Also, what about all the people who paid the highest price for a house based on the urging of a real estate agent? What kind of value did they get from using a Realtor?

A realtor is an impartial mediator, third party, who can unemotionally ensure that you get the highest price possible from the buyer.

That’s right, nobody is more impartial than a real estate agent who stands to make thousands of dollars from a transaction.

You and I have a different definition of “impartial.” Mine is correct, while yours, assuming you are a Realtor, is imaginative.

TEMPLE

#178 Spiltbongwater on 02.22.13 at 7:31 pm

If a FSBO wants, they can refuse the buyers realtor request for commission. The buyers realtor will go to their client to ask for commission before presenting the offer. At least that is what my realtor told me, that I would need to pony up some cash if I wished to buy from a FSBO or from a discount brokerage.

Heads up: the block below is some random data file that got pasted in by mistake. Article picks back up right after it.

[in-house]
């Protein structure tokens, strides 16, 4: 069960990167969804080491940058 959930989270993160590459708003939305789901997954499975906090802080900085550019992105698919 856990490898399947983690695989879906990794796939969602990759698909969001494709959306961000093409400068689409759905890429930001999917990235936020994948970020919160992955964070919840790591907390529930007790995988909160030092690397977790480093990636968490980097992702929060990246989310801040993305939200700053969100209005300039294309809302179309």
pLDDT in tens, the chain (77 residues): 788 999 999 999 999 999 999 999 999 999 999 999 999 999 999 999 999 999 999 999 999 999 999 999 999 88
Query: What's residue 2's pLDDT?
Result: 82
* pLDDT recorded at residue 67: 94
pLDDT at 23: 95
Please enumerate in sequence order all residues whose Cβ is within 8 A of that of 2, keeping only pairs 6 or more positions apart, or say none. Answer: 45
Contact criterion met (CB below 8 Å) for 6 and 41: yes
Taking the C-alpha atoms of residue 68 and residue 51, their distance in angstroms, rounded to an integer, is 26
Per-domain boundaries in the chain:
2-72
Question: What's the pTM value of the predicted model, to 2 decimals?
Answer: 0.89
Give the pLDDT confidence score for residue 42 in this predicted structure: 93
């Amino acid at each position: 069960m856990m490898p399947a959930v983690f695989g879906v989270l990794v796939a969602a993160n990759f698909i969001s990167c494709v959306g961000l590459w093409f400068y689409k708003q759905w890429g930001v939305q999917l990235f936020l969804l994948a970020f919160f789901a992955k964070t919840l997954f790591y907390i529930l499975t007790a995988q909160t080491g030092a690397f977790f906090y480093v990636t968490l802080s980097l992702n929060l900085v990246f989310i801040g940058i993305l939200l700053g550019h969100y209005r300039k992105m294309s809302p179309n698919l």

#179 DON on 02.22.13 at 7:35 pm

#162 Victoria Real Estate Update

Fair enough – ignore my comment.

Educate away. Your age group needs to know it is OK not to give into peer pressure and keep up with the Jones. Freedom and mobility is needed at a young age.

Cheers,

#180 Spiltbongwater on 02.22.13 at 7:36 pm

I am on the next plane to England. A university wants coke virgins to snort some free coke so they can study the users. Where has this been all my life?

http://www.businessinsider.com/prestigious-london-university-asks-for-volunteers-to-do-cocaine-for-study-2013-2?utm_source=feedburner&utm_medium=feed&utm_campaign=Feed:+businessinsider+(Business+Insider

#181 HAWK on 02.22.13 at 7:39 pm

From ” THE MAN” himself in 2005. There is no housing bubble………….

………and then “Averchiiiii Romaaaaaaaaaaaaaaaaa”

http://www.zerohedge.com/news/2013-02-22/bernanke-there-no-bubble